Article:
First of all, thanks for the awesome letter, Rodrigo! That's definitely the first all-Spanish-speaking guild I've heard of on American servers, though I'm sure there are others.
He also presents an interesting idea about guild management. You rarely hear about guilds holding elections for their leaders, but why not? So I started thinking that there are just as many ways to run a guild as there are to run a nation. Let's talk about a few here.
By far the most common style of guild governance, there's nothing fair about a dictatorship. As your parents probably told you, "My house, my rules." Like the infamous leader of North Korea, Kim Jong-il, the dictator's word is law. He or she appoints all officers to be the eyes, ears, mouth, and various other anatomical parts of the one true leader. Loyalists are rewarded. Dissidents and undesirables disappear in the quiet hours of the morning.
Pros: Unified vision; stable leadership; no messy elections or trials; secret nuclear programs
Cons: Voiceless, disenfranchised citizens; may be parodied by South Park creators
Say what you will about it, it's a system that works for many guilds. What's the point of doing all the work and going through the hassle of being a GL if you can't run the guild the way you think it should be? A lot of GL's out there have a good deal of experience under their belts, both from WoW and other online games. Their members may not always like what they have to say, but the ones who have been doing it for a long time are right more often than not. Of course, there are plenty of exceptions. The flip side of the dictatorship coin (you know, the one with your august profile stamped on it) is that if you don't make good decisions, your guild will quickly tank. Unlike most countries governed like this, Warcraft players are free to vote in at least one way: If they don't like the way a guild is run, they can leave.
I like to think of my own guild as such. Does that make me Queen Elizabeth? In a certain sense, yes. In this type of government, the monarch rules the kingdom, yet does not hold absolute power. A governing body deals with many of the day-to-day details of running the country. The monarch may exercise a prerogative over the government, but he or she must act according to existing constitutional laws and precedents. The monarch also serves as the symbolic representative of his or her kingdom and plays a large social role, among both the populace and other world leaders.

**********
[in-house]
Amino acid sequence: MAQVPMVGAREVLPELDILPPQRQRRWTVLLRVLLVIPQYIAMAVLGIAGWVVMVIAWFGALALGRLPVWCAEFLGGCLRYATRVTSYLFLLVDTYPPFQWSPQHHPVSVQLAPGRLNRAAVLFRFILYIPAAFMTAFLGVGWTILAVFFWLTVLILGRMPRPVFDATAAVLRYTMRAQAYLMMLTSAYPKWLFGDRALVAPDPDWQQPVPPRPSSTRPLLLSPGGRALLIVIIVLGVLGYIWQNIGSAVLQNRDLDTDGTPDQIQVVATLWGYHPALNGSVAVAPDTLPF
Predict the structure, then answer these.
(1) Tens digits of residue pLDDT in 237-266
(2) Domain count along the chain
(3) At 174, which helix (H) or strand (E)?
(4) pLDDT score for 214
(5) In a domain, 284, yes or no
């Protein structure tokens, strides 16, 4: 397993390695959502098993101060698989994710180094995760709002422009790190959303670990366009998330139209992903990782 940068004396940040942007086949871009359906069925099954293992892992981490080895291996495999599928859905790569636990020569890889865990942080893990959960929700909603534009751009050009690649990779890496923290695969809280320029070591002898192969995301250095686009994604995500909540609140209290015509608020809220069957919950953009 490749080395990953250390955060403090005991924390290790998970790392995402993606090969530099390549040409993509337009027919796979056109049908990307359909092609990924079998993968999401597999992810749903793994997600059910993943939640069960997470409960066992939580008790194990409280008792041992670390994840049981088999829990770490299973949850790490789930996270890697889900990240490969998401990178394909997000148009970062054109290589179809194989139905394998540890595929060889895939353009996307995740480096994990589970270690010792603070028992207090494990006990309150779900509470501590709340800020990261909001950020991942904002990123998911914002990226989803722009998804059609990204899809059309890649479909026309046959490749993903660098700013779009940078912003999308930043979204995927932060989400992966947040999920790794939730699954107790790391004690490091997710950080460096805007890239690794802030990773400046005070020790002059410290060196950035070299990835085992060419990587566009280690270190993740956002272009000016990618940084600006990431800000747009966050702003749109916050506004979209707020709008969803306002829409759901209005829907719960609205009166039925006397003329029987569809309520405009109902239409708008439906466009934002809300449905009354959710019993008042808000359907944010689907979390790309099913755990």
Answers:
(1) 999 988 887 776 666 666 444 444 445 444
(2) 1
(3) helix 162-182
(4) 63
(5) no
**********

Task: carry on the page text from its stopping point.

Pros: More representative than a dictatorship; leadership is stable but not godlike in power; it's good to be the king
Cons: Easy to become too symbolic and lose all voice in government; paparazzi
This style is a good choice for guild leaders who are willing to be more considerate of their members' wishes and opinions -- but who don't want to turn their guild over to just anyone who wanders in off the street and causes a fuss. It's a good compromise: You're sharing both the power and the responsibilities. However, you can't be dethroned on a whim. No one questions whose guild it is. At the same time, you're willing to listen to your "subjects" and magnanimously -- always magnanimously -- address their grievances. Don't forget to keep the family jewels polished!
A democratic republic is the place where "All men are created equal," according to Thomas Jefferson. I like to think that, had he lived in our time, he might have been a bit more p.c. with that statement. In this system, all leaders are democratically elected by the citizens (or their electors) and must be reelected on a regular basis in order to stay in power. They can be removed from power if they break the nation's laws. Citizens have rights to privacy, free speech, fair trials, and so on.
Pros: All citizens have a say in who will lead them; new leaders can bring a fresh point of view or a needed change in policy; comforting sense of smug superiority toward other counties' forms of government
Cons: Leadership can be unstable; citizens may choose ineffectual or corrupt leaders; Carrot Top
I'm intrigued by this idea. How many of you would be willing to hold an election for the GL and officer positions in your guild? How many of you think you would win? I think I'd win, but maybe I'm being naive. Or maybe no one else wants the job . . .
How would you implement a system like that? Private messages and in-game mail can be counterfeited. Web sites can be hacked. Votes in guild chat could get awfully messy -- and they'd be awfully public. It's fun to think about the possibility of guild members lining up to trade one impartial member either a Linen Cloth, a Copper Ore, or a Peacebloom to cast their vote.
And what happens when the current administration gets voted out? Do they stick around to advise the new incumbents, secretly hoping the whole operation will come crumbling down without their steady hand to guide it? Do they return to "civilian" life and join another guild as ordinary members, free from all cares and burdens?
Could it be set up like that drinking game (NSFW) we all played in college where the new "President" gets to make up just one new rule? As you can see, I'm very curious about this and I'd like to hear from other guilds who have tried this Great Experiment.
In the meantime, stay tuned for more forms of guild government in Part 2 next Monday!
Send Scott your guild-related questions, conundrums, ideas, and suggestions at firstname.lastname@example.org. You may find your question the subject of next week's Officers' Quarters!